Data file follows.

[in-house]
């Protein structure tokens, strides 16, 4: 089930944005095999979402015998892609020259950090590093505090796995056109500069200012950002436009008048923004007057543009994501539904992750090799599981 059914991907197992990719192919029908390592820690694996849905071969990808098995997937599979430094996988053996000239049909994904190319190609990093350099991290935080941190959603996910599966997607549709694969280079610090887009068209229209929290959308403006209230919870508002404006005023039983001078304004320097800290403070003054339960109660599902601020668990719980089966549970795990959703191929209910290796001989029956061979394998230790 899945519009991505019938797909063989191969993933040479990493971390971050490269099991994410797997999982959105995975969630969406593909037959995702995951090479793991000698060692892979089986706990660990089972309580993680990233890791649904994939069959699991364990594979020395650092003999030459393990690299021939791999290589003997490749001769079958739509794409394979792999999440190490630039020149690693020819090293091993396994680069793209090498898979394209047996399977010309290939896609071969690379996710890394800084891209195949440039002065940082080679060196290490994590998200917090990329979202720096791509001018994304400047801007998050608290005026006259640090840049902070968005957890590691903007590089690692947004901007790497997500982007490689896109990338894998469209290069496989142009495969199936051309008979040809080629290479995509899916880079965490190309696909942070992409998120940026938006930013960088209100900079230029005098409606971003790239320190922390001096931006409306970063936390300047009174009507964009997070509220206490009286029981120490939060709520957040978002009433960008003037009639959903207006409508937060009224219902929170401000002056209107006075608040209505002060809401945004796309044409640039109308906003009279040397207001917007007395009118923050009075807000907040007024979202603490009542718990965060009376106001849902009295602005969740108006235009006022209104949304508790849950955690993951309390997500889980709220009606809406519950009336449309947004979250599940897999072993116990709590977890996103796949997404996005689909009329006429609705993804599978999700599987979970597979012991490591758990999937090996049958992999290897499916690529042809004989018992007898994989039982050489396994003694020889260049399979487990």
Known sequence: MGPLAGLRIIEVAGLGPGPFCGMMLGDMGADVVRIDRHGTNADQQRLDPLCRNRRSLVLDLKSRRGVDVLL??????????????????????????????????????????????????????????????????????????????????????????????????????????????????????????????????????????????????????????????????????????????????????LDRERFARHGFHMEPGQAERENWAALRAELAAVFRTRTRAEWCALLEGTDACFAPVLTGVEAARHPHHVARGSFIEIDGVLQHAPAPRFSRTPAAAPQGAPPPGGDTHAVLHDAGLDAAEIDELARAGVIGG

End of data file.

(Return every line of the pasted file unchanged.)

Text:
[in-house]
């Protein structure tokens, strides 16, 4: 089930944005095999979402015998892609020259950090590093505090796995056109500069200012950002436009008048923004007057543009994501539904992750090799599981 059914991907197992990719192919029908390592820690694996849905071969990808098995997937599979430094996988053996000239049909994904190319190609990093350099991290935080941190959603996910599966997607549709694969280079610090887009068209229209929290959308403006209230919870508002404006005023039983001078304004320097800290403070003054339960109660599902601020668990719980089966549970795990959703191929209910290796001989029956061979394998230790 899945519009991505019938797909063989191969993933040479990493971390971050490269099991994410797997999982959105995975969630969406593909037959995702995951090479793991000698060692892979089986706990660990089972309580993680990233890791649904994939069959699991364990594979020395650092003999030459393990690299021939791999290589003997490749001769079958739509794409394979792999999440190490630039020149690693020819090293091993396994680069793209090498898979394209047996399977010309290939896609071969690379996710890394800084891209195949440039002065940082080679060196290490994590998200917090990329979202720096791509001018994304400047801007998050608290005026006259640090840049902070968005957890590691903007590089690692947004901007790497997500982007490689896109990338894998469209290069496989142009495969199936051309008979040809080629290479995509899916880079965490190309696909942070992409998120940026938006930013960088209100900079230029005098409606971003790239320190922390001096931006409306970063936390300047009174009507964009997070509220206490009286029981120490939060709520957040978002009433960008003037009639959903207006409508937060009224219902929170401000002056209107006075608040209505002060809401945004796309044409640039109308906003009279040397207001917007007395009118923050009075807000907040007024979202603490009542718990965060009376106001849902009295602005969740108006235009006022209104949304508790849950955690993951309390997500889980709220009606809406519950009336449309947004979250599940897999072993116990709590977890996103796949997404996005689909009329006429609705993804599978999700599987979970597979012991490591758990999937090996049958992999290897499916690529042809004989018992007898994989039982050489396994003694020889260049399979487990």
Known sequence: MGPLAGLRIIEVAGLGPGPFCGMMLGDMGADVVRIDRHGTNADQQRLDPLCRNRRSLVLDLKSRRGVDVLL??????????????????????????????????????????????????????????????????????????????????????????????????????????????????????????????????????????????????????????????????????????????????????LDRERFARHGFHMEPGQAERENWAALRAELAAVFRTRTRAEWCALLEGTDACFAPVLTGVEAARHPHHVARGSFIEIDGVLQHAPAPRFSRTPAAAPQGAPPPGGDTHAVLHDAGLDAAEIDELARAGVIGG